11 Freedom and Resistance
Escape was very difficult in the Lower South due to the extensive lengths one had to go towards freedom; running away and hiding in the swamps or woods for a week, then returning, was more common—punishment was mild, and wiser slave owners did not ignore the discontent of their slaves Harriet Tubman, an escaped slave herself, helped to rescue slaves in her lifetime

12 Slave Revolts Gabriel Prosser’s Rebellion (1800): failed attempt of preacher Prosser organizing 1000 slaves to take over Richmond, VA—leaders betrayed and 25 were executed Denmark Vesey’s Conspiracy (1822): occurring two years after MO Compromise, slave revolt planned to take Charleston, SC and escape to Haiti—again, leaders betrayed and 75 were executed Nat Turner’s Rebellion (1831): in VA, the most famous of all slave revolts, resulted in the deaths of 55 whites; leaders executed Effects: any notion of southern states voting on gradual emancipation ended, and the creation of stricter black codes, harshly enforced, became the mainstay of antebellum society

13 Free African Americans
By 1860, there were nearly 250,000 free African Americans working as tenant farmers or day laborers In cities, free African American communities flourished, but they lacked the basic civil rights of whites Examples of black codes: Could not carry firearms Could not testify against whites Could not vote or hold office Subject to same punishment as slaves (whipping, no jury trials) Free blacks had to wear badges that proved their “free status”

14 The White Majority 2/3’s of all southerners did not own slaves
30-50% of southern whites were landless Poor whites worked as tenant farmers or day laborers along side African American slaves Yeomen farmers were self-sufficient, living on family-sized farms Though some were ambitious, owned slaves, and hoped for joining the planter-elite, most yeomen were content on their subsistence, non-market agriculture Middle class merchants, bankers, and lawyers arose in the cities to sell southern crops on the world market Planter-elite did not care for these middle class members who viewed their lifestyle as dependent on others, lacking that true independent planter spirit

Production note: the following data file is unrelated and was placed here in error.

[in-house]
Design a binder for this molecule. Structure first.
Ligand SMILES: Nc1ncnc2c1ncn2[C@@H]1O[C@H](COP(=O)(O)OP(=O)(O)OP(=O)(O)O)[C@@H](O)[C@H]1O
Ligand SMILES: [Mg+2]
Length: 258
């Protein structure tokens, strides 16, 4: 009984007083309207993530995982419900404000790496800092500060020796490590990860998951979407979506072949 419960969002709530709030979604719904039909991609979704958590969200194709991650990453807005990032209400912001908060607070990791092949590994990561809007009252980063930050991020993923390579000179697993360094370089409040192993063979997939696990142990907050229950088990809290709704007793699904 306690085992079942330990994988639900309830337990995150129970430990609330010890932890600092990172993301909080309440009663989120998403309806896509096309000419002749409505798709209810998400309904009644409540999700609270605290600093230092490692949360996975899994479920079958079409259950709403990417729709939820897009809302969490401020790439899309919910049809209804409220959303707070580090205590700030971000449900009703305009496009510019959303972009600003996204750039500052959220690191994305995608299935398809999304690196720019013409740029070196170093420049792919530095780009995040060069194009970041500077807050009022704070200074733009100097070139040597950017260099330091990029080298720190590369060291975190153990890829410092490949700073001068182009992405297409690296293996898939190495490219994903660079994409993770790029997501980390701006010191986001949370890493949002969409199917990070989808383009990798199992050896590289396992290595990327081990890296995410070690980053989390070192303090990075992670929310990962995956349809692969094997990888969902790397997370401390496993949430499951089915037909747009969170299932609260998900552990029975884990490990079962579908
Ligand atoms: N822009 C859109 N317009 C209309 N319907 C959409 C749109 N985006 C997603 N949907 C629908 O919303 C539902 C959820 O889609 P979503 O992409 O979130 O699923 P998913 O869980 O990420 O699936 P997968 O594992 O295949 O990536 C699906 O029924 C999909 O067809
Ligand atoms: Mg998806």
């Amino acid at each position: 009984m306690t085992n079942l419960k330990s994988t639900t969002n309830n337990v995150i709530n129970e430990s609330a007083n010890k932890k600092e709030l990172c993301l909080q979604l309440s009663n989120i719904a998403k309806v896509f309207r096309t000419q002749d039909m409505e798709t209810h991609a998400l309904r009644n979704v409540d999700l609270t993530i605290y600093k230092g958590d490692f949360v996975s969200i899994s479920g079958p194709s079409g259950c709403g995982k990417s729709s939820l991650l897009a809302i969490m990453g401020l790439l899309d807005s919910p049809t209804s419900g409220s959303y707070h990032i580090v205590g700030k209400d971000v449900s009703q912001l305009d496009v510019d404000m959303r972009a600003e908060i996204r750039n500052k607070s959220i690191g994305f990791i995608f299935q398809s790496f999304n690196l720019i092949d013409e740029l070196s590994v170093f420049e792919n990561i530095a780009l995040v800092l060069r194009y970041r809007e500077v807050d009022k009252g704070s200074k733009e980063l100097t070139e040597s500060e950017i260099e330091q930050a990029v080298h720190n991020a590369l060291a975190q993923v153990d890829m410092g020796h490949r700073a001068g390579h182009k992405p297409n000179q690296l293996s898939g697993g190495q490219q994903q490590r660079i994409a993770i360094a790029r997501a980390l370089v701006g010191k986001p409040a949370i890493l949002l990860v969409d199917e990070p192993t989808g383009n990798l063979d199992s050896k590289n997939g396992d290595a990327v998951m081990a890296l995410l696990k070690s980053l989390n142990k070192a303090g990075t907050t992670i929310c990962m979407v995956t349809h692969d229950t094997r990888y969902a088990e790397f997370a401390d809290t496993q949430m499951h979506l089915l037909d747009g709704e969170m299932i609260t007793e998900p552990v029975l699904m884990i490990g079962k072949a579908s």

15 The Planter Class Most slaveholders owned only a few slaves
Small slaveholders were vulnerable to crop failures and crop prices; it was easier for the middle class to become slaveholders and raise their status due to their already acquired capital ($) The Planter-Elite (2.5% of the pop.) owned 50+ slaves, usually inherited their wealth, and sought to expand it

16 Plantation Life Wealthy planters lived fairly isolated lives
Though some planters engaged in aristocratic lives in the style of English gentlemen, plantations were large, self-sufficient enterprises requiring much attention to a variety of tasks The plantation mistress, the wife of the owner, ran the household and usually supervised slave labor, yet would never challenge her husband’s authority

17 Coercion and Violence Slave owners were both cruel and benevolent, but strict discipline and harsh punishments were the normal practice Slave women were vulnerable to sexual exploitation, though long-term relationships did develop Children of master-slave relationships were seldom made public knowledge and often remained in bondage

18 Developing Pro-Slavery Arguments
Justification for slavery came from the Bible or from Classical civilizations (Greece and Rome) The Constitution recognized slavery, thus it was law, and property rights must be defended After the MO Compromise and Nat Turner Rebellion, by the 1830s southern states began to barricade themselves from outside abolitionist propaganda In 1836, southern states introduced a gag rule in Congress to prevent considerations of abolition-themed bills The South feared that the abolitionist movement meant no opportunity for expansion and a lesser voice in government

19 Changes in the South The growing cost of slaves meant that the percentage of slaveholders was declining and class divisions were widening The number of urban slaves declined significantly with the disintegrating of the slave system in southern cities The economic changes hurt poor whites and yeomen as land became harder to buy and more expensive to maintain